A spokesman for the Centers for Medicare and Medicaid Services said the agency is dedicated to accurate and useful information. Standard inspections of facilities take place every year or so in addition to specific complaint inspections.
There are more than 60,000 inspections annually across roughly 15,600 nursing homes. Federal officials advise those considering nursing homes to visit, meet an administrator, and speak with residents.
Despite perception of nursing homes as solely for the elderly, these facilities also house younger residents. Some have medical disorders limiting their ability to live alone, or are recovering after surgery.
The authors of a 2016 Brookings Institution report, “Five-star ratings for sub-par service: Evidence of inflation in nursing home ratings,” called these ratings the industry’s gold standard.
Although certified inspectors conduct on-site checks, the nursing homes submit staffing and quality measures. The study notes nearly no correlation between inspection and self-reported results.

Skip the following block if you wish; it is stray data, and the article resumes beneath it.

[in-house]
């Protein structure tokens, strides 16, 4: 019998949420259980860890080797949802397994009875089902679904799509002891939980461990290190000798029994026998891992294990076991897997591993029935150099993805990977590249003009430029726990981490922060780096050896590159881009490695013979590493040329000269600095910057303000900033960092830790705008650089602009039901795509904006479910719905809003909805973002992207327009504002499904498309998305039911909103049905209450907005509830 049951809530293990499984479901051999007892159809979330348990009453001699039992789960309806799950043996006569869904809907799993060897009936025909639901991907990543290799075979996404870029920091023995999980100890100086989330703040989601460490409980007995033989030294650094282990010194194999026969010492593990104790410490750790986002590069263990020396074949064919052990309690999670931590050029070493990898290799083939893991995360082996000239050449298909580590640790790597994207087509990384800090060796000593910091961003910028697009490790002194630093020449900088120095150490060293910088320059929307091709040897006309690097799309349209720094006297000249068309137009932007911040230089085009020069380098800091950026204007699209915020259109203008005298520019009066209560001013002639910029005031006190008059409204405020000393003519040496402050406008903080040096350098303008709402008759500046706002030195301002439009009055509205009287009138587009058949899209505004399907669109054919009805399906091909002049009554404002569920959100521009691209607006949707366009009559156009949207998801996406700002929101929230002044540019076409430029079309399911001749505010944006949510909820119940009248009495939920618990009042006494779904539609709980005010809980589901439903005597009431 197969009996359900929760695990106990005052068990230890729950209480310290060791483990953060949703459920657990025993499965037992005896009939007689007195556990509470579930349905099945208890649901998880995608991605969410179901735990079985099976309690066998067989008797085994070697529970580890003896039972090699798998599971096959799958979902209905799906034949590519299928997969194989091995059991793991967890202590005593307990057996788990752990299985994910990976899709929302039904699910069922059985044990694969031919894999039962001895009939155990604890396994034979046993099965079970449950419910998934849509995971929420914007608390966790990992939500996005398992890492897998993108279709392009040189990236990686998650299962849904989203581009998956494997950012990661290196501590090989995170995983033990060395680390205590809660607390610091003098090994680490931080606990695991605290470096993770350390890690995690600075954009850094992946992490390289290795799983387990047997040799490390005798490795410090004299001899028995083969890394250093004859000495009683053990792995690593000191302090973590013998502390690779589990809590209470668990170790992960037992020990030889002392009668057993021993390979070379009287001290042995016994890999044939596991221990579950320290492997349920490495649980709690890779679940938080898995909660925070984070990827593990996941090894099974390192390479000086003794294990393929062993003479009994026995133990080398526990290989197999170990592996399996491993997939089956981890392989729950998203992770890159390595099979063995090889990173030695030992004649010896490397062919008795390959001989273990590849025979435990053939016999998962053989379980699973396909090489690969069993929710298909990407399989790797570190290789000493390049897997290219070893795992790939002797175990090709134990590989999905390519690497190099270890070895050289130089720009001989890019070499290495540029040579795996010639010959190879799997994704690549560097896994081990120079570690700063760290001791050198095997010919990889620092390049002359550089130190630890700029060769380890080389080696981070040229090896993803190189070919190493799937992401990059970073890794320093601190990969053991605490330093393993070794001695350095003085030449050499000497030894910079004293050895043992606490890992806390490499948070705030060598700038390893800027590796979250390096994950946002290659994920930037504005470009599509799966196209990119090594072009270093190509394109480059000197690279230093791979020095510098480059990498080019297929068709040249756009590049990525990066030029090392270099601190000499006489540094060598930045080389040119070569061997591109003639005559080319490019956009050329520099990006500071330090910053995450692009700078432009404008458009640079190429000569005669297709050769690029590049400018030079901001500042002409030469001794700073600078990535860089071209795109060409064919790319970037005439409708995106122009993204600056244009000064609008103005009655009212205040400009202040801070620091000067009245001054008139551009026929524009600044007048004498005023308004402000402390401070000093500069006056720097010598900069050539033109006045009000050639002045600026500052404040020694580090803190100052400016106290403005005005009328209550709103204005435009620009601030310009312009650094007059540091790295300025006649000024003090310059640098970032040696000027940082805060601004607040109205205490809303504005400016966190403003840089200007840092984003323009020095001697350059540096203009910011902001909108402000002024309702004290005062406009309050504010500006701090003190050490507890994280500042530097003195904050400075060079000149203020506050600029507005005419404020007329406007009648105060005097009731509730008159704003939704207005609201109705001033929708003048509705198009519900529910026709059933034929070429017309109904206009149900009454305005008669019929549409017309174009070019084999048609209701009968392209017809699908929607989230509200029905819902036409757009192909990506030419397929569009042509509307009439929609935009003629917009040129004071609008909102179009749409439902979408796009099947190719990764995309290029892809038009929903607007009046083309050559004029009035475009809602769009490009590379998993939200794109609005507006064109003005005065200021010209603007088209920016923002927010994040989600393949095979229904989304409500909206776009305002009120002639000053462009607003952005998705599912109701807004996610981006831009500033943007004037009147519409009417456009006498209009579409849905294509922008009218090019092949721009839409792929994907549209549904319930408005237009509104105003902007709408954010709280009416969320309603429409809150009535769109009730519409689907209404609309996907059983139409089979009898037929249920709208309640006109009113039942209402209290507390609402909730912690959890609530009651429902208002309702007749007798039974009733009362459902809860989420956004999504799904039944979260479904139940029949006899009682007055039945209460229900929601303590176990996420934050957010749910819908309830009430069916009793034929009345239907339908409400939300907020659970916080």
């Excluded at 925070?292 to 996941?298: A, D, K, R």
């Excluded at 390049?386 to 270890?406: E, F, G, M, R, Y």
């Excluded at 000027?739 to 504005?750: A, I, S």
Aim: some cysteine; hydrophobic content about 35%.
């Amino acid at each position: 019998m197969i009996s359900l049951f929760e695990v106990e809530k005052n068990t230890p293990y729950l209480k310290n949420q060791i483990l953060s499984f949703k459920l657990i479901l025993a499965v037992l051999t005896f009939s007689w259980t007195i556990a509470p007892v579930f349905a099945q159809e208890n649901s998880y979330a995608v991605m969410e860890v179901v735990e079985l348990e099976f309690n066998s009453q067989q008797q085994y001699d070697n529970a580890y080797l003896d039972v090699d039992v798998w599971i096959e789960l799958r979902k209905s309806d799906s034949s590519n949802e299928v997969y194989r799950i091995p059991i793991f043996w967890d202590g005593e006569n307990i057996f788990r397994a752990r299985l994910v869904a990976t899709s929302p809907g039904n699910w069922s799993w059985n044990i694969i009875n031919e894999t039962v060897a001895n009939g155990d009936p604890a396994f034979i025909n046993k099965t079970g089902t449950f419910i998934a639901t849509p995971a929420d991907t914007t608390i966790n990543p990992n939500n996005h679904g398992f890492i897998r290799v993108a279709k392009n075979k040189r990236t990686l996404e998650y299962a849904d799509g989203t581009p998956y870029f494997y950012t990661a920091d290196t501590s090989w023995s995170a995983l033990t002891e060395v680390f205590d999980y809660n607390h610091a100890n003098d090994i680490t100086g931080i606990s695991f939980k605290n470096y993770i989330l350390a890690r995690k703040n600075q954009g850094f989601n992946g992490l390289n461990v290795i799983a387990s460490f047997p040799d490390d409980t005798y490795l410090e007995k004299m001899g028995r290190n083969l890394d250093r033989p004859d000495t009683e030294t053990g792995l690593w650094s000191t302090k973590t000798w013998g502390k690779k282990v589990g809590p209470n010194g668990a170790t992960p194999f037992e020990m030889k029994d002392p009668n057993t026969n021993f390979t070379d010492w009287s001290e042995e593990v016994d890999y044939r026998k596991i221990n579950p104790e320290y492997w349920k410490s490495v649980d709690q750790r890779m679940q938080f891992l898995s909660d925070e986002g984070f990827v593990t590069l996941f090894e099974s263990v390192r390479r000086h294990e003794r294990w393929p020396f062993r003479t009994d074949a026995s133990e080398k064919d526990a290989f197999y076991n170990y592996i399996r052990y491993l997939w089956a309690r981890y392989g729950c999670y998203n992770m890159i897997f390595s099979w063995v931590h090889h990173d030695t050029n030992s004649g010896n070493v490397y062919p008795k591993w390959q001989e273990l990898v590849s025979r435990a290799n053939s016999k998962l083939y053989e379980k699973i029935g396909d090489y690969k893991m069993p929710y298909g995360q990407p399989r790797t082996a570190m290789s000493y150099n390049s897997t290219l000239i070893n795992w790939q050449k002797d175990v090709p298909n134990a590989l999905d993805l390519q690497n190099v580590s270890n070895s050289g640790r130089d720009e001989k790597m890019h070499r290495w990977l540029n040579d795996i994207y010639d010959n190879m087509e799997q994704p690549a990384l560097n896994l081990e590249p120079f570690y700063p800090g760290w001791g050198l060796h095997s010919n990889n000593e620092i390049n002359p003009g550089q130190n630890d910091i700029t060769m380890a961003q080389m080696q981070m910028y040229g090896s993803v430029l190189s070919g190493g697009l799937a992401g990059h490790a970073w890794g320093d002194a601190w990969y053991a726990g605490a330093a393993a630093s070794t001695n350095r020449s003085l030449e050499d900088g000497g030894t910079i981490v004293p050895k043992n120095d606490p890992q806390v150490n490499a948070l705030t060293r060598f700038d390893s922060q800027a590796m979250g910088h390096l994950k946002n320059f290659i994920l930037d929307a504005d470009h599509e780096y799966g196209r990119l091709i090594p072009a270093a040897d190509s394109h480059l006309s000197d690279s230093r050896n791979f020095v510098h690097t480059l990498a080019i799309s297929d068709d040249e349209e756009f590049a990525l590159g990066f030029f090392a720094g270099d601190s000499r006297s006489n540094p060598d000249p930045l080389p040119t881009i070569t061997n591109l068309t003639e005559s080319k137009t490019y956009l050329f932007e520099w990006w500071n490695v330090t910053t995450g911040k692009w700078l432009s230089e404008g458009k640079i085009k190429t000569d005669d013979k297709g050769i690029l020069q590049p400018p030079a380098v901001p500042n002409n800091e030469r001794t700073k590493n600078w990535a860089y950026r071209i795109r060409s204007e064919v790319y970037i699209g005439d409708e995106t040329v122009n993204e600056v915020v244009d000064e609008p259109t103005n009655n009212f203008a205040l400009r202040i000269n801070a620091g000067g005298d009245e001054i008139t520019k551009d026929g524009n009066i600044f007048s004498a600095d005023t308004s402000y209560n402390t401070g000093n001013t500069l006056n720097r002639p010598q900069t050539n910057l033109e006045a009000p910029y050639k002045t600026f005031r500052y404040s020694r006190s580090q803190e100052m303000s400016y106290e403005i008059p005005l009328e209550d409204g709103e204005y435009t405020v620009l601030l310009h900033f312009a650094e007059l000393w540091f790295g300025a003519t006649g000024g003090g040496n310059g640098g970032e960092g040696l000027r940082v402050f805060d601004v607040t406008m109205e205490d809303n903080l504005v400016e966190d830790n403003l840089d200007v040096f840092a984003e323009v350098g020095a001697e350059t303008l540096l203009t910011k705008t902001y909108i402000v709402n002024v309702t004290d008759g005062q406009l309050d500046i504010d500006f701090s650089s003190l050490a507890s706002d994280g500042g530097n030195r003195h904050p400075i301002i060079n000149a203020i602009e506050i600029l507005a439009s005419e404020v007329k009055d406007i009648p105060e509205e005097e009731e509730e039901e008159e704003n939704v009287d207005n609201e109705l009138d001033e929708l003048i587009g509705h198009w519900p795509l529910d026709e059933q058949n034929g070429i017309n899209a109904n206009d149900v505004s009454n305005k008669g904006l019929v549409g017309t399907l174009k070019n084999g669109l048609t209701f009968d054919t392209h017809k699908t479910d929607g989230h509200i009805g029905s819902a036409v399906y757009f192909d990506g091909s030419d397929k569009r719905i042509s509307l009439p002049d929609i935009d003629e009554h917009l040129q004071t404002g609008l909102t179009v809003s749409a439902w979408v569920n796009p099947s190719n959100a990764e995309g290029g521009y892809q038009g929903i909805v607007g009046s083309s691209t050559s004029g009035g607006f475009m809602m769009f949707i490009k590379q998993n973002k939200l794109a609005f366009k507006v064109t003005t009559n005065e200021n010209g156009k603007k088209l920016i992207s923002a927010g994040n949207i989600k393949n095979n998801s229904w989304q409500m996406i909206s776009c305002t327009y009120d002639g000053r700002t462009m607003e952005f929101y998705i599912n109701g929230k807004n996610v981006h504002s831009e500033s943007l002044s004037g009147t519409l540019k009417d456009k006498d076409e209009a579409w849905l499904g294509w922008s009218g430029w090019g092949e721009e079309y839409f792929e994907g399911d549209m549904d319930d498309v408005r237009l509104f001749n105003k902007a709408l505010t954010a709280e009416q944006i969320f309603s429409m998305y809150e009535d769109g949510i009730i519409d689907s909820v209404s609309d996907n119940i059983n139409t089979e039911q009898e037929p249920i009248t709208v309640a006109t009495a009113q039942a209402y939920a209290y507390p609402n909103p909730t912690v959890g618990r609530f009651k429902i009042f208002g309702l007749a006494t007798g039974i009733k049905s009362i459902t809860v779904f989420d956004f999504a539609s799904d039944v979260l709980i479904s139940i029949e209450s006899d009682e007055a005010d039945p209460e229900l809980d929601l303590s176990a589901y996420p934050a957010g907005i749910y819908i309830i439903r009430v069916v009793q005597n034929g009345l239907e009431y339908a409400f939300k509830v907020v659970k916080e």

“The two self-reported domains can fundamentally change a nursing home’s overall rating,” the authors report.
In April, the rating system added new payroll-based data more accurately depicting staffing. Health inspections have always had the largest weight in star ratings, the federal spokesman said.
Ms. Iler said families pick nursing homes for a variety of reasons. Even a five-star rating is just one factor, however, and thorough research is necessary. It’s particularly important to review staffing levels from annual surveys, she said.
“Staffing goes hand in hand with good care,” Ms. Iler said.
Inspection reports can be found online at medicare.gov/nursinghomecompare.